There’s a point in all our lives when we consider the possibility of making our own wine, or even buying a barrel and still to make our own spirits. It’s this type of thought that leads to some unique corrollories: making your own humidor, making your own ashtray, growing your own tobacco. And today’s endeavour, roasting raw coffee beans. Coffee marketing gurus frequently use the monikers of high quality beans and freshness to sell their product to you, so why not beat them at their own game. There are many benefits to roasting your own beans, including saving money, longer shelf life of the raw beans, exploring new flavours, controlling your own blends, experimenting with different roasts, etc. Overall, I can’t really think of a better way of enhancing the overall enjoyment of coffee. You may not imitate the greatest cup of coffee you’ve ever had right on the first go, but then again along the way you will very likely exceed it.
Procuring the Raw Green Coffee
This may very well be the trickiest part of the process, and lead to the greatest adventure. Your local bean roasting companies will likely resist selling you their green beans. They would rather roast it for you and make a larger markup, even though they can sell you green beans at a high profit anyways. Your best bet is to befriend a manager of one of these companies, and be persistent. If your lucky, they sell green beans under the table for a fair price. If you don’t live near a coffee roasting company, there are good sites for green beans such as Green Beanery. Expect to pay a third to two-thirds the price of roasted beans, around $9-15 per kilo. The green beans are smaller than their roasted brethren so it will look like less than it actually is.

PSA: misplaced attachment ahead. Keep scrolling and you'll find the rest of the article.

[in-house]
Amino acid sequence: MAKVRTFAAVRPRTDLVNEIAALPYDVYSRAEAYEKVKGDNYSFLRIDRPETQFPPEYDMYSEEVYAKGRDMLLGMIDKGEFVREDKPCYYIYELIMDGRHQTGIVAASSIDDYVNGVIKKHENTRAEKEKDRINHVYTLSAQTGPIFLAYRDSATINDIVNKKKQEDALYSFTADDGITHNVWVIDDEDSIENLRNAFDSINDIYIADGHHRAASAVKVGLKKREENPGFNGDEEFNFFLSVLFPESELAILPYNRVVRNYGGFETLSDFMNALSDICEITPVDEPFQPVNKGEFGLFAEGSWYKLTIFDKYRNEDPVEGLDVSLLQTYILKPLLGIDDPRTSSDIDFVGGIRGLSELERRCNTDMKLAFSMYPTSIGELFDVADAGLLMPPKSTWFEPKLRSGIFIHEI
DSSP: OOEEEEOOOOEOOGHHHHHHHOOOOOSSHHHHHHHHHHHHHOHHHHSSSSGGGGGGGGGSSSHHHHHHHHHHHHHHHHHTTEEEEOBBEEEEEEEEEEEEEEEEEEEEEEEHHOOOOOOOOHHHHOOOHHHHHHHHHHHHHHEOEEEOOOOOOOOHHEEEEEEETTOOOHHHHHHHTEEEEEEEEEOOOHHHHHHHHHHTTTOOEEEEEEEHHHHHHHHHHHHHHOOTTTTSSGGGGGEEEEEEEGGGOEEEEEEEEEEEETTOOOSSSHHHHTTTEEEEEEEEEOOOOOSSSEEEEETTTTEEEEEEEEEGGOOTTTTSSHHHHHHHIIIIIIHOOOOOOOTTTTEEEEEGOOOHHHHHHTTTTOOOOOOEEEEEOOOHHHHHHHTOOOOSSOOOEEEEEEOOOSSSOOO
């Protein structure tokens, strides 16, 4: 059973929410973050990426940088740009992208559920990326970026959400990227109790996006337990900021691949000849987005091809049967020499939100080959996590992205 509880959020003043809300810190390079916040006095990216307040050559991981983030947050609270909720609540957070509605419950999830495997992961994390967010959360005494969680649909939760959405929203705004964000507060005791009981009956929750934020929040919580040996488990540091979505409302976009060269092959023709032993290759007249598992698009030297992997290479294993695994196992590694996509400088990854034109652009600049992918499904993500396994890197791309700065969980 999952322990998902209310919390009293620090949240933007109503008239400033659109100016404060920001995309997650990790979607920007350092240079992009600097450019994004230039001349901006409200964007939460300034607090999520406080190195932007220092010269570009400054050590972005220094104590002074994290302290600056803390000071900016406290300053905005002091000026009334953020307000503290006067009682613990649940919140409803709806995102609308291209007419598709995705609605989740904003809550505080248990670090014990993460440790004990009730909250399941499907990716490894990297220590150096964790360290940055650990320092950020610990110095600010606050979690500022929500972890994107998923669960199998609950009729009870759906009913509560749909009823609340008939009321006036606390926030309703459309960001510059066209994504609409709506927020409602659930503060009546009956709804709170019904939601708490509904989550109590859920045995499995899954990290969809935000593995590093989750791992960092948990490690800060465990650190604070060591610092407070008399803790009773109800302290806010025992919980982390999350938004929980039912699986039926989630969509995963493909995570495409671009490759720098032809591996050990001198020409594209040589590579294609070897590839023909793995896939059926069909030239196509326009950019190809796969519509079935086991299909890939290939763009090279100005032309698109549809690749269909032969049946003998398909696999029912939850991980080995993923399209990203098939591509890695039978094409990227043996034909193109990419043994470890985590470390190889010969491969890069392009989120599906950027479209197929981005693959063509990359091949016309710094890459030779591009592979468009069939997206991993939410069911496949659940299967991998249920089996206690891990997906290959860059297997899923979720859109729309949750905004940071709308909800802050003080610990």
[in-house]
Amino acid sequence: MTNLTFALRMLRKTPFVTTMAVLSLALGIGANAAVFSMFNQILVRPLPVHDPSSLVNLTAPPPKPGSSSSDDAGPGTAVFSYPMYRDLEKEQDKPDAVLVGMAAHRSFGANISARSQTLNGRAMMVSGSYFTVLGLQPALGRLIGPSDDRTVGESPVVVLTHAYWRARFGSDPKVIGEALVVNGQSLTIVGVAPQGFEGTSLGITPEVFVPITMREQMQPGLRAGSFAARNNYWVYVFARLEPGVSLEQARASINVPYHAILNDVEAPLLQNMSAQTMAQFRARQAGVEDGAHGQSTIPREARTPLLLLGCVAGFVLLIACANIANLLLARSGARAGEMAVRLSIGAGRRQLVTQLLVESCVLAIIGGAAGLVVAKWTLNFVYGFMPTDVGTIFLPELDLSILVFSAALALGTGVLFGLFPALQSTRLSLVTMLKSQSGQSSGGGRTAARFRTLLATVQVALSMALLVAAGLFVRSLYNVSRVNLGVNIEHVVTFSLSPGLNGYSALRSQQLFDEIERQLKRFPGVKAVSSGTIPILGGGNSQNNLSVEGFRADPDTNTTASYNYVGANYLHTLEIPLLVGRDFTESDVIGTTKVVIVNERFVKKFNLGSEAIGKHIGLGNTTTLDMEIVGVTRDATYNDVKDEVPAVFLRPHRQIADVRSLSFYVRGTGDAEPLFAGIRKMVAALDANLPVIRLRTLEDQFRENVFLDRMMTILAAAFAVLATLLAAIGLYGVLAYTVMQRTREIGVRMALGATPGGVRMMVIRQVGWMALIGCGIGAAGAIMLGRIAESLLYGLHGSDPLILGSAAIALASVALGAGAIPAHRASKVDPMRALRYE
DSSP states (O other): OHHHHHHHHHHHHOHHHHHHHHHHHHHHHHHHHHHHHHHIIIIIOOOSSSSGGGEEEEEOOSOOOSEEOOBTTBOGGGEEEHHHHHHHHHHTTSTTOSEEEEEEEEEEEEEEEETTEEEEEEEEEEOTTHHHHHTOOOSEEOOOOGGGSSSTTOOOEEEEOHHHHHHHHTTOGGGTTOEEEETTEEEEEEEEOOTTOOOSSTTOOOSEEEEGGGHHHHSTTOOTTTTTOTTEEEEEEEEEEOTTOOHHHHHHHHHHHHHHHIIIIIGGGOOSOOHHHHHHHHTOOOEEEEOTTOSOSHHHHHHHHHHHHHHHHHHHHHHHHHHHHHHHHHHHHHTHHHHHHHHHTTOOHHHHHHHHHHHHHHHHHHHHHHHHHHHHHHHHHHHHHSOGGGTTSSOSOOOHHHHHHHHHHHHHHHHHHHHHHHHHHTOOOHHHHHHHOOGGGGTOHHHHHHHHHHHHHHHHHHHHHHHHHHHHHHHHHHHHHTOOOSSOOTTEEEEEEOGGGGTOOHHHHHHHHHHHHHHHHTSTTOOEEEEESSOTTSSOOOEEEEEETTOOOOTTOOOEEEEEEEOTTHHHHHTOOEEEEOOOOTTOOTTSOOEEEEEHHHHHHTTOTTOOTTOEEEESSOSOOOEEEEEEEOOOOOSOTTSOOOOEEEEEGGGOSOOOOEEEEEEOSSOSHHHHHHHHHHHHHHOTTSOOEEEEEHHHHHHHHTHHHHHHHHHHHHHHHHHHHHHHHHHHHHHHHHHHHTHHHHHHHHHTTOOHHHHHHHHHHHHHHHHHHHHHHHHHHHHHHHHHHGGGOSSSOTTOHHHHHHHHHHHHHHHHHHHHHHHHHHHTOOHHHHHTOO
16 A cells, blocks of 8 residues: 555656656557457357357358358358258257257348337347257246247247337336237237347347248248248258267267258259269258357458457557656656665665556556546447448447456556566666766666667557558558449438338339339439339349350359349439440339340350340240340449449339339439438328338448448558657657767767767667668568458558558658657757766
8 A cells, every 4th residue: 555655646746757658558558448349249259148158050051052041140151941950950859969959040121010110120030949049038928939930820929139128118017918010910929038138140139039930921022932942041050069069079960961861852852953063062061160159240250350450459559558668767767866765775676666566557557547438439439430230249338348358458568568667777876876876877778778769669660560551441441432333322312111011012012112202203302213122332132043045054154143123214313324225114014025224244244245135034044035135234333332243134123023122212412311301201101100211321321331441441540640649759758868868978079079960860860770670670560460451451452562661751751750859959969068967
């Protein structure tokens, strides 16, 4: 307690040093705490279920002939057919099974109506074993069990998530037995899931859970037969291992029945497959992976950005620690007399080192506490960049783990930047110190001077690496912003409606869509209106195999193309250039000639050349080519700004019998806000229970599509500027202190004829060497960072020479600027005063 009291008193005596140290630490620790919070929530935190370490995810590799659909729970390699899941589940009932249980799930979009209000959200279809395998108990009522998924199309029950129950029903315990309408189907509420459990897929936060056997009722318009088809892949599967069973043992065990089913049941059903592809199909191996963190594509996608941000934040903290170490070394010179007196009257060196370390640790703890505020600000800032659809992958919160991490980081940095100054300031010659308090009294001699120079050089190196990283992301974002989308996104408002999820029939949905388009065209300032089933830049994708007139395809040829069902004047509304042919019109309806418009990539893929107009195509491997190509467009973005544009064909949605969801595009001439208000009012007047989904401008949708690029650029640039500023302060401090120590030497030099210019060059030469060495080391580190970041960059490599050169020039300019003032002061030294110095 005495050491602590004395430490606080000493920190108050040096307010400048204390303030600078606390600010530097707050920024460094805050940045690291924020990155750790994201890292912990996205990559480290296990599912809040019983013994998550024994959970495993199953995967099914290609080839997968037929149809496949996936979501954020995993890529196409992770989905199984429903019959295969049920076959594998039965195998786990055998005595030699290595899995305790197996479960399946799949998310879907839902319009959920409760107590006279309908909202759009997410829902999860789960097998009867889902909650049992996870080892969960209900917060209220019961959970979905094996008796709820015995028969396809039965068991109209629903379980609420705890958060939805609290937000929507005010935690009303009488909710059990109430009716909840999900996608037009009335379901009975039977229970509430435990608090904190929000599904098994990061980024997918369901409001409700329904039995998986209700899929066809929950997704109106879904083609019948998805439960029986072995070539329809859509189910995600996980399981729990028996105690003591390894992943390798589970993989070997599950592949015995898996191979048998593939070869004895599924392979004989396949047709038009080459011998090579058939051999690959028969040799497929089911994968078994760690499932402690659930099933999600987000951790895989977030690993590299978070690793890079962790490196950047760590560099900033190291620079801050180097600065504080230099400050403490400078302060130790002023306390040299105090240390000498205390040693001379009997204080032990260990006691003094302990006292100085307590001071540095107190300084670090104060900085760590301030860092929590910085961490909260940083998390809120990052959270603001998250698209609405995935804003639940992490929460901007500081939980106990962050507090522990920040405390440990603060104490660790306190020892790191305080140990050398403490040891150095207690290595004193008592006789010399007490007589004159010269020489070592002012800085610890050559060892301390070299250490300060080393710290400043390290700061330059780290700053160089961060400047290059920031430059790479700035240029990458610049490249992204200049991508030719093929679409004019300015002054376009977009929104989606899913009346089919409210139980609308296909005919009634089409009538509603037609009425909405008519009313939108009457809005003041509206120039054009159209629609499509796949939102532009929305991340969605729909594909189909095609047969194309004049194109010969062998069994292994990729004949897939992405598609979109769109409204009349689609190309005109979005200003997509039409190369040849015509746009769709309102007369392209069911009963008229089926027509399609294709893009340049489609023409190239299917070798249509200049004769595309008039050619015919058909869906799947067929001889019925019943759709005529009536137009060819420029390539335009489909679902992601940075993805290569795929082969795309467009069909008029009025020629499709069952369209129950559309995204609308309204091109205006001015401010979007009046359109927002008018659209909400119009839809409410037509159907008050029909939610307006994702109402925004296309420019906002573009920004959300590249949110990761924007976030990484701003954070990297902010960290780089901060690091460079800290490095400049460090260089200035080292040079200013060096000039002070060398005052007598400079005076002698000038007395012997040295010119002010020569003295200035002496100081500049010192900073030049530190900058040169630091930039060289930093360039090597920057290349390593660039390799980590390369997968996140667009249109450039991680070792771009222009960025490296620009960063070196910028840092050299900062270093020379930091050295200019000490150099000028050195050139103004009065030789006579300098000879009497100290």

The reason I never thought that home roasting was reasonable was that I expected to need an expensive home roasting apparatus. The breakthrough came when I gave it a shot on my home stovetop, using a cast iron skillet with a lid to trap in heat. You can home roast delicious coffee in this way using a tool you probably already have, or can get relatively cheap. If you live somewhere warm you probably don’t even really need the lid.
Dump enough green beans in the pan to cover the entire surface, but not much more than that. Too many beans leads to an uneven roast. You may want to try heating the pan first and then add the beans – this is after all an experiment. I suggest high heat – just under the max setting for your stovetop, and make sure you have the fan on maximum. This process creates a lot of smoke, and truthfully should be done outside over an open fire or on a barbeque side element. Some green beans will not only smoke profusely while they roast but also shed a layer of husk that blows everywhere and makes a big mess. The smoke does not smell like roasted coffee, strangely, but more like an unusual farm waste.
Shake the pan continuously while roasting to get as even a roast as possible
There are a few stages in the roasting process. The first occurs about 3 to 5 minutes after the beans are heated. You will begin to hear a soft popping sound, not unlike pop-corn. This is called the first crack, and is accompanied by a change in color of the beans from light green to a cinnamon colour. While it is not my favourite type of roast, you could stop here if you have a robust grinder and make coffee from this lightest of roasts. The beans will still be quite hard and will make coffee with a very grainy, herbal flavour.
At about 7-9 minutes, the beans begin to turn a dark chocolate colour, accompanied by a louder popping sound. This is second crack, and is the point of roast for much of the coffee we consume from our local providers. You will likely notice at this point an intense smoke, and husks beginning to remove from the beans and fly around your roasting area. This is normal, feel free to blow on the beans to help remove the husks. You may wish to pull off the beans here and let them cool, but you can keep going if you prefer a darker roast; again experimentation is the name of the game.
Give the beans at least an hour to cool off, and then they are ready to be ground. Depending on your beans, the flavour may improve for a further 48 hours or so as carbon dioxide from the roasting process blows off naturally from the beans. Here’s a guide to roast colours that will give you a frame of reference as you get started.